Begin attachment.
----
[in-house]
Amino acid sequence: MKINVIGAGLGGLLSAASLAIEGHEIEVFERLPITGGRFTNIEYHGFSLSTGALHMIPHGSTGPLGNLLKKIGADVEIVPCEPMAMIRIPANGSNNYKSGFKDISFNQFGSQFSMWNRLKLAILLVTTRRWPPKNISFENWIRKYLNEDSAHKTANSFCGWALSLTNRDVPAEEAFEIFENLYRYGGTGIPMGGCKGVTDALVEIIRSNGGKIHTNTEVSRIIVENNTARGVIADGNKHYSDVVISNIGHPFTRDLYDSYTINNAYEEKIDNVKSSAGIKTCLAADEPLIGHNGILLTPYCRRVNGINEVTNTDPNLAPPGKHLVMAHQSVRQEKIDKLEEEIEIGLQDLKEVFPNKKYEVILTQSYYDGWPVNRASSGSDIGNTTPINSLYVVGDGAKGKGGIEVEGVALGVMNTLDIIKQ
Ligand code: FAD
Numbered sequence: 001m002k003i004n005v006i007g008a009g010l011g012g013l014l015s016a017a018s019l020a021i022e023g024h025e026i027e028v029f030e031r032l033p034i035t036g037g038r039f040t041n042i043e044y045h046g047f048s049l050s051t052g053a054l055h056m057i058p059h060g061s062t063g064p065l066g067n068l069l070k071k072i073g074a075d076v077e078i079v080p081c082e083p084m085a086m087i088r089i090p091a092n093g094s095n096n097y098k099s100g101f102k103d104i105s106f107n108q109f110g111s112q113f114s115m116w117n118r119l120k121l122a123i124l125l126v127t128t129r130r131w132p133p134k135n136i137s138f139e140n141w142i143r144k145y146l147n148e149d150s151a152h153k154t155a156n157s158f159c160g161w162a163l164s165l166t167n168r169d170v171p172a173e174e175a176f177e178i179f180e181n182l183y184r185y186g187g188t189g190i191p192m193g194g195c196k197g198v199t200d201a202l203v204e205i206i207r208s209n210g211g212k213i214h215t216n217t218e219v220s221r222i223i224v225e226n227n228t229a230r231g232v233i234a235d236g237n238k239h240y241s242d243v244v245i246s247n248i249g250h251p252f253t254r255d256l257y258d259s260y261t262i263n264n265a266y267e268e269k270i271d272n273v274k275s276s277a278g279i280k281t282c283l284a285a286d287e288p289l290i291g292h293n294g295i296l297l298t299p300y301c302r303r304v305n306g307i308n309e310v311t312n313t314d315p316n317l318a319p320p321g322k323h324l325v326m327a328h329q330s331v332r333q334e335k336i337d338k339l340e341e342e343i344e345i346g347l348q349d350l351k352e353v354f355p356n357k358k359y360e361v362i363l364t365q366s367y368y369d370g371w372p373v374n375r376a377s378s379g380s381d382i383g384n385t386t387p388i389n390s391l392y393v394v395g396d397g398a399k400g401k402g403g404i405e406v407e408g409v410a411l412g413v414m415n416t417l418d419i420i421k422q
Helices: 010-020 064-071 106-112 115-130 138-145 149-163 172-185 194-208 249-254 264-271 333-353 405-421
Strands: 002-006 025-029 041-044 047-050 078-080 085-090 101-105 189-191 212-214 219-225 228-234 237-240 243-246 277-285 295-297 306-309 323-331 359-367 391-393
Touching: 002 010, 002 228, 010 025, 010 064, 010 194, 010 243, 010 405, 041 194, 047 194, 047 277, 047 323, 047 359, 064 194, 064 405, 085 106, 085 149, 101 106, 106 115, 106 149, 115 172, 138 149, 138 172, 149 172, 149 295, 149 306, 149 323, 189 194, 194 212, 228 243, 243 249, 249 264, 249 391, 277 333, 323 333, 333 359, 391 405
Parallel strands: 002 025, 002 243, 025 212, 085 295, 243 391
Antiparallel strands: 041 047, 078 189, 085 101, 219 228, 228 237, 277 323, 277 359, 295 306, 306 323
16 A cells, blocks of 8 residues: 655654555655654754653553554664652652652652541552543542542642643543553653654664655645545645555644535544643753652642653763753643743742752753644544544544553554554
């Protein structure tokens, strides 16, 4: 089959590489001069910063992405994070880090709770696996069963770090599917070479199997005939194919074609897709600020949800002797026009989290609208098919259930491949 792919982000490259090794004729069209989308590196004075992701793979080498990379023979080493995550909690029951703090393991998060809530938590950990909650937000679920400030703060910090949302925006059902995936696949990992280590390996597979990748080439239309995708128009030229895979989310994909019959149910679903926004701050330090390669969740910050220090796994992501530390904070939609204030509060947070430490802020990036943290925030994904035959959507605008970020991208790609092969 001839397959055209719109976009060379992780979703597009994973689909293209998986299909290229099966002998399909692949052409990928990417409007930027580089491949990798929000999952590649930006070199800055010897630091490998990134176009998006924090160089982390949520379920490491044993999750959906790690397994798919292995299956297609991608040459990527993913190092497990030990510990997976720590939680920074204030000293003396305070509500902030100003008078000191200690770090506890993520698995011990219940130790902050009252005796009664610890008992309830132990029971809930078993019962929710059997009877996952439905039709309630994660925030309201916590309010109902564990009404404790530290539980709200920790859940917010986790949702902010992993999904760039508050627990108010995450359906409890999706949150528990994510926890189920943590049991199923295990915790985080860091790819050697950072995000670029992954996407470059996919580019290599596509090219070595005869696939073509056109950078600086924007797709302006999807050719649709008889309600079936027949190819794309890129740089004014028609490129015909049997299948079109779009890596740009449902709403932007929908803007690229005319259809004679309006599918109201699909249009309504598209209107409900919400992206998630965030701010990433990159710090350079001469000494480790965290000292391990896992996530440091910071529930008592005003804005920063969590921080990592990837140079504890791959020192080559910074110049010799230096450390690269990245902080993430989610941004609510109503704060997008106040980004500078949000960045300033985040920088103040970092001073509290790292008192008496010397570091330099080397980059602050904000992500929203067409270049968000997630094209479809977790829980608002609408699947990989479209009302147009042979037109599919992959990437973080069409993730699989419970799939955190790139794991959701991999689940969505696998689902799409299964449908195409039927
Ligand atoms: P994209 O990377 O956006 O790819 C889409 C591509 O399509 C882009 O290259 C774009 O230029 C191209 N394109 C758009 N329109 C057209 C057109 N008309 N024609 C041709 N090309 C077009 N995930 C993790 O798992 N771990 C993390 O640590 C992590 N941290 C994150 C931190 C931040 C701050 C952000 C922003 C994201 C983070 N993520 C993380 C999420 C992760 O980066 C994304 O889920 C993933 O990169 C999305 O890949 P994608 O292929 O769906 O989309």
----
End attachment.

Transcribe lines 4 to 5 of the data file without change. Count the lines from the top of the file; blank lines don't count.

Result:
Numbered sequence: 001m002k003i004n005v006i007g008a009g010l011g012g013l014l015s016a017a018s019l020a021i022e023g024h025e026i027e028v029f030e031r032l033p034i035t036g037g038r039f040t041n042i043e044y045h046g047f048s049l050s051t052g053a054l055h056m057i058p059h060g061s062t063g064p065l066g067n068l069l070k071k072i073g074a075d076v077e078i079v080p081c082e083p084m085a086m087i088r089i090p091a092n093g094s095n096n097y098k099s100g101f102k103d104i105s106f107n108q109f110g111s112q113f114s115m116w117n118r119l120k121l122a123i124l125l126v127t128t129r130r131w132p133p134k135n136i137s138f139e140n141w142i143r144k145y146l147n148e149d150s151a152h153k154t155a156n157s158f159c160g161w162a163l164s165l166t167n168r169d170v171p172a173e174e175a176f177e178i179f180e181n182l183y184r185y186g187g188t189g190i191p192m193g194g195c196k197g198v199t200d201a202l203v204e205i206i207r208s209n210g211g212k213i214h215t216n217t218e219v220s221r222i223i224v225e226n227n228t229a230r231g232v233i234a235d236g237n238k239h240y241s242d243v244v245i246s247n248i249g250h251p252f253t254r255d256l257y258d259s260y261t262i263n264n265a266y267e268e269k270i271d272n273v274k275s276s277a278g279i280k281t282c283l284a285a286d287e288p289l290i291g292h293n294g295i296l297l298t299p300y301c302r303r304v305n306g307i308n309e310v311t312n313t314d315p316n317l318a319p320p321g322k323h324l325v326m327a328h329q330s331v332r333q334e335k336i337d338k339l340e341e342e343i344e345i346g347l348q349d350l351k352e353v354f355p356n357k358k359y360e361v362i363l364t365q366s367y368y369d370g371w372p373v374n375r376a377s378s379g380s381d382i383g384n385t386t387p388i389n390s391l392y393v394v395g396d397g398a399k400g401k402g403g404i405e406v407e408g409v410a411l412g413v414m415n416t417l418d419i420i421k422q
Helices: 010-020 064-071 106-112 115-130 138-145 149-163 172-185 194-208 249-254 264-271 333-353 405-421